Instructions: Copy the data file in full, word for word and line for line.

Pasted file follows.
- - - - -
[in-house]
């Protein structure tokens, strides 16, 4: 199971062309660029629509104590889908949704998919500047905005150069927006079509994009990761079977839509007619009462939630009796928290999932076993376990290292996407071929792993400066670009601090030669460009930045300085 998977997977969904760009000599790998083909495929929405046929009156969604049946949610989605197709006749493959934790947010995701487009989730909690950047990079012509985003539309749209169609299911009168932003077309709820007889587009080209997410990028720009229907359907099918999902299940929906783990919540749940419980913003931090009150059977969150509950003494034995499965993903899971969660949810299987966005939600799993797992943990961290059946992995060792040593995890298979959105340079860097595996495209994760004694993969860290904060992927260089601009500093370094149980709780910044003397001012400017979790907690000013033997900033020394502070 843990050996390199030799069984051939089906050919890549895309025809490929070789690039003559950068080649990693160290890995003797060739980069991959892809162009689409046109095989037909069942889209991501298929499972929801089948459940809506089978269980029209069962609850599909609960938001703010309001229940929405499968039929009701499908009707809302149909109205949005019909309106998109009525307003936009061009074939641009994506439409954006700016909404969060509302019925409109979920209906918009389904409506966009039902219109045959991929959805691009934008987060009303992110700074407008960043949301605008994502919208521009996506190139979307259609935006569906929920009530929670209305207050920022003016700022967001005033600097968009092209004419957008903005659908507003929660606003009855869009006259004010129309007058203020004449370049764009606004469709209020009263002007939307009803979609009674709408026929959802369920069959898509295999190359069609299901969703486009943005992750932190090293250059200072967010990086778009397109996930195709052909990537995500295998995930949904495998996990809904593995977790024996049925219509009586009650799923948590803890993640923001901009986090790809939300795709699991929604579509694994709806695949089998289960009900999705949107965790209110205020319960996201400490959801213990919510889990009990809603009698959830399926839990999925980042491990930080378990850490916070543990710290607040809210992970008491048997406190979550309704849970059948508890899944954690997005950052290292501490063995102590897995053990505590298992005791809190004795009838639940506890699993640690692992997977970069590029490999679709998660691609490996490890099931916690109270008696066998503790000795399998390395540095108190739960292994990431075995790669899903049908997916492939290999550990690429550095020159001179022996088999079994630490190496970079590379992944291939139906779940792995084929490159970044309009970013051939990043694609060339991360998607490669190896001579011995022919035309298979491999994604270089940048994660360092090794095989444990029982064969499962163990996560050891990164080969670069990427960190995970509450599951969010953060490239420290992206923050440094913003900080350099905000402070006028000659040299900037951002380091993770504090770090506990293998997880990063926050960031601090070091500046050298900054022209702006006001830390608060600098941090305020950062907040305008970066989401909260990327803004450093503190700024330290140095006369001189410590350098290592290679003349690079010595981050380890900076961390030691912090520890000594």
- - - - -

[in-house]
């Protein structure tokens, strides 16, 4: 199971062309660029629509104590889908949704998919500047905005150069927006079509994009990761079977839509007619009462939630009796928290999932076993376990290292996407071929792993400066670009601090030669460009930045300085 998977997977969904760009000599790998083909495929929405046929009156969604049946949610989605197709006749493959934790947010995701487009989730909690950047990079012509985003539309749209169609299911009168932003077309709820007889587009080209997410990028720009229907359907099918999902299940929906783990919540749940419980913003931090009150059977969150509950003494034995499965993903899971969660949810299987966005939600799993797992943990961290059946992995060792040593995890298979959105340079860097595996495209994760004694993969860290904060992927260089601009500093370094149980709780910044003397001012400017979790907690000013033997900033020394502070 843990050996390199030799069984051939089906050919890549895309025809490929070789690039003559950068080649990693160290890995003797060739980069991959892809162009689409046109095989037909069942889209991501298929499972929801089948459940809506089978269980029209069962609850599909609960938001703010309001229940929405499968039929009701499908009707809302149909109205949005019909309106998109009525307003936009061009074939641009994506439409954006700016909404969060509302019925409109979920209906918009389904409506966009039902219109045959991929959805691009934008987060009303992110700074407008960043949301605008994502919208521009996506190139979307259609935006569906929920009530929670209305207050920022003016700022967001005033600097968009092209004419957008903005659908507003929660606003009855869009006259004010129309007058203020004449370049764009606004469709209020009263002007939307009803979609009674709408026929959802369920069959898509295999190359069609299901969703486009943005992750932190090293250059200072967010990086778009397109996930195709052909990537995500295998995930949904495998996990809904593995977790024996049925219509009586009650799923948590803890993640923001901009986090790809939300795709699991929604579509694994709806695949089998289960009900999705949107965790209110205020319960996201400490959801213990919510889990009990809603009698959830399926839990999925980042491990930080378990850490916070543990710290607040809210992970008491048997406190979550309704849970059948508890899944954690997005950052290292501490063995102590897995053990505590298992005791809190004795009838639940506890699993640690692992997977970069590029490999679709998660691609490996490890099931916690109270008696066998503790000795399998390395540095108190739960292994990431075995790669899903049908997916492939290999550990690429550095020159001179022996088999079994630490190496970079590379992944291939139906779940792995084929490159970044309009970013051939990043694609060339991360998607490669190896001579011995022919035309298979491999994604270089940048994660360092090794095989444990029982064969499962163990996560050891990164080969670069990427960190995970509450599951969010953060490239420290992206923050440094913003900080350099905000402070006028000659040299900037951002380091993770504090770090506990293998997880990063926050960031601090070091500046050298900054022209702006006001830390608060600098941090305020950062907040305008970066989401909260990327803004450093503190700024330290140095006369001189410590350098290592290679003349690079010595981050380890900076961390030691912090520890000594």